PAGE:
What happens to the money in bankruptcy cases

money in bankruptcy cases

Normally there is no money in bankruptcy cases to pay anyone. These cases are called “no asset cases.” That is because the debtor who has filed bankruptcy has no assets of sufficient value to justify liquidation of the assets. However, the law is very lenient about what a person in bankruptcy is allowed to keep. Most assets that ordinary people have will usually be exempt. The protected assets are termed “exempt property.”

Exempt property is “exempt” from being taken, (liquidated) by the bankruptcy trustee. That is why generally we see no money no bankruptcy cases to pay anything to creditors.

Here is what happens to money in bankruptcy cases after non exempt assets are sold.

money in bankruptcy casesI recently handled a case that had something for the trustee to sell. My client had an accumulation of silver dimes. The dimes were minted prior to 1965. Prior to 1965, most United States coins were minted in 90% silver. Since then the value of silver has risen by about 225%! In 1965 the mint stopped making silver coins for general circulation. That’s because the silver content of a 10 cent dime was worth a lot more than ten cents. Today, the silver content of those old dimes is now about $2.25.

In this case the dimes could not be exempted. We voluntarily arranged to turn them over to the trustee.

The trustee obtained a court order allowing the dimes to be sold on a certain date for the spot market price of their silver content. The sale produced $12,642 which the trustee was required to deposit for the benefit of the bankruptcy estate into a fiduciary bank account.

Creditors were given a deadline to file a proof of claim.

Creditors were notified of the filing deadline in a notice served on them by the court clerk. After passage of the deadline, a total of $179,681 in creditor claims had been filed.

Duties of the Chapter 7 bankruptcy trustee.

A bankruptcy trustee must account to the court for all of the money collected. After the asset liquidation process is finished, the trustee will ask the court to approve a report. The report summarizes all of the activity in the case. That includes listing all the creditors who have allowed claims, and the proposed distribution that will be made. The Report also recaps fees that are due the trustee and other professionals who have assisted the trustee, (subject to prior court approval).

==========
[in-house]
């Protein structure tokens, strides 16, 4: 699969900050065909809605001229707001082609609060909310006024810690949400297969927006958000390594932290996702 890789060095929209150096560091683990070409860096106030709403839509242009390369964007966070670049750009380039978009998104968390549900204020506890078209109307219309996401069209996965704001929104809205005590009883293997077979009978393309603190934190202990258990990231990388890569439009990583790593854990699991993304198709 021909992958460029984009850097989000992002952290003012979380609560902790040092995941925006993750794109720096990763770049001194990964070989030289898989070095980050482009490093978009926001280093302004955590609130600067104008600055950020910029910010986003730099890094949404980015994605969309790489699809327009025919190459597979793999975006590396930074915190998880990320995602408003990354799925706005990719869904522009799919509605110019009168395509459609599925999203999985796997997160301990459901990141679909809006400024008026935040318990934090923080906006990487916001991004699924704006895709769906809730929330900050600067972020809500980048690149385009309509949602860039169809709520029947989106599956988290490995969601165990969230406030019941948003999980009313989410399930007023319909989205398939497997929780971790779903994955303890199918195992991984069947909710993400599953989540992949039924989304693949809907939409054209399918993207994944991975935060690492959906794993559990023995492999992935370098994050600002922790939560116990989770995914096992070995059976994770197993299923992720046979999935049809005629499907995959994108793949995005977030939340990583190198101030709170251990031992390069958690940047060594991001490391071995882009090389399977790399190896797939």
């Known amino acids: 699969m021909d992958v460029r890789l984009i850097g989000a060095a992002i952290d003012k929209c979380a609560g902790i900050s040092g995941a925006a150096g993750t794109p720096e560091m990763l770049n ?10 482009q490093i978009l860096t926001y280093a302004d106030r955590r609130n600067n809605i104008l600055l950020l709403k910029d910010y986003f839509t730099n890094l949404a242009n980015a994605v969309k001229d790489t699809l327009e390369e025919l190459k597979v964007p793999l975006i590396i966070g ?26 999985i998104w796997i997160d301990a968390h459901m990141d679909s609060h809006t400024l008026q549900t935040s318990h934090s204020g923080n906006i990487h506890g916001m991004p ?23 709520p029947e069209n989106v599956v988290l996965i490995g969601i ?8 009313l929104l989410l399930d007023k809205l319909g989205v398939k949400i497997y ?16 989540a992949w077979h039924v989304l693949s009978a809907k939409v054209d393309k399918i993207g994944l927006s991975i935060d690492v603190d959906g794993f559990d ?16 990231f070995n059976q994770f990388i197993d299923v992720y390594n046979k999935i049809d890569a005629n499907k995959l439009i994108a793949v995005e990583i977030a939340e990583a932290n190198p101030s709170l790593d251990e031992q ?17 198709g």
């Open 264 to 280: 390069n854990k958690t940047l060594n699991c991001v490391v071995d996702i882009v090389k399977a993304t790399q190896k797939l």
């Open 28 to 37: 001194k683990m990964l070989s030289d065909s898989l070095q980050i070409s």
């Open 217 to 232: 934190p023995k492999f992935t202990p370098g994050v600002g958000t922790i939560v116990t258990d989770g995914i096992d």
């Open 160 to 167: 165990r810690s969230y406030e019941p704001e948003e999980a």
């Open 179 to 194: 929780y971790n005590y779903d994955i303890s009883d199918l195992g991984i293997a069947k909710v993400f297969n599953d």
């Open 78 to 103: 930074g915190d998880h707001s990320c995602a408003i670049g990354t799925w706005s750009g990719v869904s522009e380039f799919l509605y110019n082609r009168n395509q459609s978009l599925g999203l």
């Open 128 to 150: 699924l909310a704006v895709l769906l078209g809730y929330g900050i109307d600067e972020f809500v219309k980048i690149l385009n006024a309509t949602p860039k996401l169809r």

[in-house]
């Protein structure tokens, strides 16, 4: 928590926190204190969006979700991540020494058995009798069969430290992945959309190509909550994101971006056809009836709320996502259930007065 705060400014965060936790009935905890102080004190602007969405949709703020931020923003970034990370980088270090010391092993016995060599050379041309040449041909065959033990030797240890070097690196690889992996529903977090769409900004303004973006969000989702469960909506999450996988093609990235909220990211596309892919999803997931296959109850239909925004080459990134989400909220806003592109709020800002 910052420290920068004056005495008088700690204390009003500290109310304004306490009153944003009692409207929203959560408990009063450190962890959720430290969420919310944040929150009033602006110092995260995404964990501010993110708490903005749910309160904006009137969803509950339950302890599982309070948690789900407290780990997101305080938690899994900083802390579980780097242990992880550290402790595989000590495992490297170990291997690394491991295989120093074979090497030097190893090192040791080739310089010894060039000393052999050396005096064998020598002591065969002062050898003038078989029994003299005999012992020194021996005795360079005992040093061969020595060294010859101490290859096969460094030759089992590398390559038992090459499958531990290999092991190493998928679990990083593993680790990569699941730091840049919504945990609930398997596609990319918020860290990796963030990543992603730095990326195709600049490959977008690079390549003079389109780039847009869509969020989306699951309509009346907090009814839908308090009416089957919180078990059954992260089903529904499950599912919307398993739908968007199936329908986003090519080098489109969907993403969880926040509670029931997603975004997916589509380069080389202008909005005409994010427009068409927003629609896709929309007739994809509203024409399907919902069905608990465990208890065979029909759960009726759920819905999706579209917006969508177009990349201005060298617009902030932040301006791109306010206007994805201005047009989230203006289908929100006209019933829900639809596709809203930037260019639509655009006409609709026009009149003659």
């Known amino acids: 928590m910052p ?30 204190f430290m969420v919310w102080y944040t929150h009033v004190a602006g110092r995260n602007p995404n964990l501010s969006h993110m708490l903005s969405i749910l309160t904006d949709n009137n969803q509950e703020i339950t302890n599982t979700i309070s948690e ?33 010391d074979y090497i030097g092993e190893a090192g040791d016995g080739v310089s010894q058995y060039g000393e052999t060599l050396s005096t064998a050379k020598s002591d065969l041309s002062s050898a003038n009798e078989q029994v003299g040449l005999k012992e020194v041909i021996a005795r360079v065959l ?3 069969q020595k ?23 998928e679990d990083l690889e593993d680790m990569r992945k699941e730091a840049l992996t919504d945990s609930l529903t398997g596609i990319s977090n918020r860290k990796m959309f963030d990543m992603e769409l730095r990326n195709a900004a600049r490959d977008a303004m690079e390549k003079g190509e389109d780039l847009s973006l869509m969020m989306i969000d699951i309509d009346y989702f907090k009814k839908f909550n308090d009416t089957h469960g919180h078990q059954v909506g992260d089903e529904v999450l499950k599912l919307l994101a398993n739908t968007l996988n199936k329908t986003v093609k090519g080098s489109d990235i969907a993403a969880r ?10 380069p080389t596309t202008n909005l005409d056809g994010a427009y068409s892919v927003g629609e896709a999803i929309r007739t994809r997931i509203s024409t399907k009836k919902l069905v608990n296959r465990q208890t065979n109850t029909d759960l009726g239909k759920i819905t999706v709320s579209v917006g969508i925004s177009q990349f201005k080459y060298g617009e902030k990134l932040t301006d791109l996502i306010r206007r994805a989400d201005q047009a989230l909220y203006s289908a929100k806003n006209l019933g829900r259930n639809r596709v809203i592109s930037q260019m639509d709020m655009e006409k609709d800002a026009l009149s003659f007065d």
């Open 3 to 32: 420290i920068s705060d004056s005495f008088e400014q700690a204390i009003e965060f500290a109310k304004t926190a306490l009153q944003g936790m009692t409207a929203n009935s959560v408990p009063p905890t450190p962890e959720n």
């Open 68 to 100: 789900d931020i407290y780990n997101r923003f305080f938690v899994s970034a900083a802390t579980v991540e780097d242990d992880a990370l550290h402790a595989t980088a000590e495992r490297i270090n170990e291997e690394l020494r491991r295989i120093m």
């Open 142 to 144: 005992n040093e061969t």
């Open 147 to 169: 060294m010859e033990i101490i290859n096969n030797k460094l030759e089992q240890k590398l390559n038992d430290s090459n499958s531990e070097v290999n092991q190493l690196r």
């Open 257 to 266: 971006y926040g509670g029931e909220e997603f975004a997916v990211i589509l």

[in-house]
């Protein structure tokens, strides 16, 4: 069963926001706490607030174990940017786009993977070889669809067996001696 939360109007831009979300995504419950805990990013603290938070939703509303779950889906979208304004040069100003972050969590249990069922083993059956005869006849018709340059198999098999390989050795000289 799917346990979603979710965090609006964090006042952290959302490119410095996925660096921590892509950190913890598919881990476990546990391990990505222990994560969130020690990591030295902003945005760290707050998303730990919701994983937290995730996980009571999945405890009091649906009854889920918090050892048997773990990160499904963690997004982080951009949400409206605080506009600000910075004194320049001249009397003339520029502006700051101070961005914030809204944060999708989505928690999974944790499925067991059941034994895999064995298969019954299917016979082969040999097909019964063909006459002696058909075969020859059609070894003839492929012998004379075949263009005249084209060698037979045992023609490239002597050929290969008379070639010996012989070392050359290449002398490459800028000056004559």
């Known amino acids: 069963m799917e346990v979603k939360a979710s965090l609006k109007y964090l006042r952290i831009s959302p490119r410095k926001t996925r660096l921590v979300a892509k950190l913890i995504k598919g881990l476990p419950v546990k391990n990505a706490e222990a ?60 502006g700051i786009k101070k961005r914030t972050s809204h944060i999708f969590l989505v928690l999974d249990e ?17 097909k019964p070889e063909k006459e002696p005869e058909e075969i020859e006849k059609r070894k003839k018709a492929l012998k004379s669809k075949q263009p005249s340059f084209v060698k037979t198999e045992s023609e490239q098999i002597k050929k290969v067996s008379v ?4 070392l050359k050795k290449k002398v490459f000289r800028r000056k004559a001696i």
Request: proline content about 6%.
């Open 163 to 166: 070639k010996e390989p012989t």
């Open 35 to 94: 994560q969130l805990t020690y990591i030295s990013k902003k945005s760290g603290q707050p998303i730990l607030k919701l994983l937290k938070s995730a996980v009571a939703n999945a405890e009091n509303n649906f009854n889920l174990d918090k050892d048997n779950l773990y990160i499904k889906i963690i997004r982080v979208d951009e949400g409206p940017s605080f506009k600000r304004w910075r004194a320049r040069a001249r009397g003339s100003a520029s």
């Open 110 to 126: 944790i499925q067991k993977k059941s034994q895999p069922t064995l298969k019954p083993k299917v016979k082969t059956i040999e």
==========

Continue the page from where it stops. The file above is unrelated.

The money in bankruptcy cases – this is where it went in for case.

The trustee and officers of the bankruptcy estate were legally entitled to a total of $5,271 in compensation. The rates of compensation are set by law. But, that would have left only $7112 to be shared by the creditors. The creditor claims totaled holding $179,642. There was enough money left to pay only 3.95% across the board for every creditor.

The bankruptcy trustee then voluntarily waived part of the allowable fees. The reduction came to $2247. This reduction allowed creditors to receive a slightly better distribution. The final of distribution was 5.205 across the board to creditors.

Court policy when there is money in bankruptcy cases

money in bankruptcy casesThe courts do not want to see administrative fees eat up all the money. There is a policy that creditors should receive at least 5% absent extraordinary circumstances. In this case, the ratio of assets to debts was very low. There just wasn’t going to be much money for creditors, even if the trustee was paid nothing.


The final result. Happiness!

Best Time to File BankruptcyPeople should not be afraid of losing assets during a bankruptcy case. That is because most assets are either exempt, or have no liquidation value. a bankruptcy expert should always be consulted to advise you. Most people who file bankruptcy don’t lose anything that belongs to them. We rarely see an “asset case” in bankruptcy court.

My client knew going into the process that the silver dimes would have to be turned over. Nobody likes to think about giving something up. My client had give up the silver dimes, which were worth $12,642. But in exchange for giving up the dimes, my client discharged $179,681 of debts.

From my client’s standpoint, this worked out to about 7 pennies on the dollar. Nobody ever gets a debt settlement that good! But, in this case, my client could not have been happier. The client kept a home, cars and other exempt assets. The only thing given up was the dimes, and the debts!

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Leon Bayer and Jeffrey Wishman are Los Angeles Bankruptcy attorneys. They have been practicing bankruptcy lawyers in Los Angeles for 37 years and are Certified Bankruptcy Specialists by the State Bar of California. These are lawyers who bring experience, skill and creativity to the highly complex area of bankruptcy law. At this Los Angeles law firm, the your initial consultation with an expert is free. Mr. Bayer is a coauthor of Nolo's The New Bankruptcy: Will It Work for You?, authors the “Ask Leon” series on Nolo’s Bankruptcy, Debt & Foreclosure blog, and writes on bankruptcy topics for Nolo’s website. In addition, Mr. Bayer devotes a significant number of hours to volunteer legal services. The State Bar of California has commended Mr. Bayer for this work every year since 2004.